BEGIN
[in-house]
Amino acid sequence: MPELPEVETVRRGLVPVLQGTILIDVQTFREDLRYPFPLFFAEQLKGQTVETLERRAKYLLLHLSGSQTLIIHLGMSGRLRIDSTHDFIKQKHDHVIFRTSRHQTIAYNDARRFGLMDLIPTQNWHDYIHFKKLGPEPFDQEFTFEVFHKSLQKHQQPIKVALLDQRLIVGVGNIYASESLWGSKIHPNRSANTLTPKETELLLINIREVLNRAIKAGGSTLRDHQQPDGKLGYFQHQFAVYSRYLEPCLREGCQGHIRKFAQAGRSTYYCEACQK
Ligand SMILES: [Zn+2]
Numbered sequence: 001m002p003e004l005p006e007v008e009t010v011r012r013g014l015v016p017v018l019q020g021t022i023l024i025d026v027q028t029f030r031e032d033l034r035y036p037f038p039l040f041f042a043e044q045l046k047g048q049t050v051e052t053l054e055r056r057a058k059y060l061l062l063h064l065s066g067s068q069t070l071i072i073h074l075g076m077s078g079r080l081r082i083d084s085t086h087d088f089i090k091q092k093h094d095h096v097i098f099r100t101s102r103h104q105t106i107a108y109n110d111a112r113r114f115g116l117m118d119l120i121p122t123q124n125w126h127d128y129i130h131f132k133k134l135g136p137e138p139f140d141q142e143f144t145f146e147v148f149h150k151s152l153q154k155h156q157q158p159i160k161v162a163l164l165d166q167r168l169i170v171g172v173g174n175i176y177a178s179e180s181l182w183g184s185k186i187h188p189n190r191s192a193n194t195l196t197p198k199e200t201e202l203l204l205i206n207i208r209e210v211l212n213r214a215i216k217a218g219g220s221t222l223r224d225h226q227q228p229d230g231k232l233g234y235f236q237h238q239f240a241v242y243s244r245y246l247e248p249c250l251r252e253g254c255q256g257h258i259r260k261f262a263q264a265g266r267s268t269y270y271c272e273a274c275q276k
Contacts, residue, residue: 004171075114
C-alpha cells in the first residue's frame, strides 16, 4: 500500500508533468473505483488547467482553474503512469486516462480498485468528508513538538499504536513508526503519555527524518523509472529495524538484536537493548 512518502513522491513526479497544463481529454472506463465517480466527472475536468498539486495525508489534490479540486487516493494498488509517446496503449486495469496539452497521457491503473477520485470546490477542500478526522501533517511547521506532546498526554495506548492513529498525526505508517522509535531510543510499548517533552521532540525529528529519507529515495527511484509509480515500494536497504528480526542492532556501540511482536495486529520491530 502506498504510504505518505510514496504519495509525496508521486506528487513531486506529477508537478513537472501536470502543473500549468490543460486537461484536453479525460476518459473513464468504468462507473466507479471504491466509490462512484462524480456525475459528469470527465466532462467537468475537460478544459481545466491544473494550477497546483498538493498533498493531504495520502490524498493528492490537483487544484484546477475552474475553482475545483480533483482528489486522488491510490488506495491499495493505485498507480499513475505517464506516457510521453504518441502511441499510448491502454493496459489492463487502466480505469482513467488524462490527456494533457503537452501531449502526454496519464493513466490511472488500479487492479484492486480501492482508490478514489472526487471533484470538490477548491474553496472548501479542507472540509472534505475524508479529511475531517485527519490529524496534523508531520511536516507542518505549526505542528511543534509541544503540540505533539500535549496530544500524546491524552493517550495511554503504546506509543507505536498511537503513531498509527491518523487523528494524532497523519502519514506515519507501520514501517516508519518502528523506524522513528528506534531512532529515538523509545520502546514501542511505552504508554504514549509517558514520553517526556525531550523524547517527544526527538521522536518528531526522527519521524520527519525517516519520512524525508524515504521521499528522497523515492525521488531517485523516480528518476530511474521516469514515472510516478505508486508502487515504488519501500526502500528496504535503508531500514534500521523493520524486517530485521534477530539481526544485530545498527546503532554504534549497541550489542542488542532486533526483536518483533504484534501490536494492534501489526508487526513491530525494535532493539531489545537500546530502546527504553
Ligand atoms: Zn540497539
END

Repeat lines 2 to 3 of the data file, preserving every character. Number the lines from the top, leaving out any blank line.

Amino acid sequence: MPELPEVETVRRGLVPVLQGTILIDVQTFREDLRYPFPLFFAEQLKGQTVETLERRAKYLLLHLSGSQTLIIHLGMSGRLRIDSTHDFIKQKHDHVIFRTSRHQTIAYNDARRFGLMDLIPTQNWHDYIHFKKLGPEPFDQEFTFEVFHKSLQKHQQPIKVALLDQRLIVGVGNIYASESLWGSKIHPNRSANTLTPKETELLLINIREVLNRAIKAGGSTLRDHQQPDGKLGYFQHQFAVYSRYLEPCLREGCQGHIRKFAQAGRSTYYCEACQK
Ligand SMILES: [Zn+2]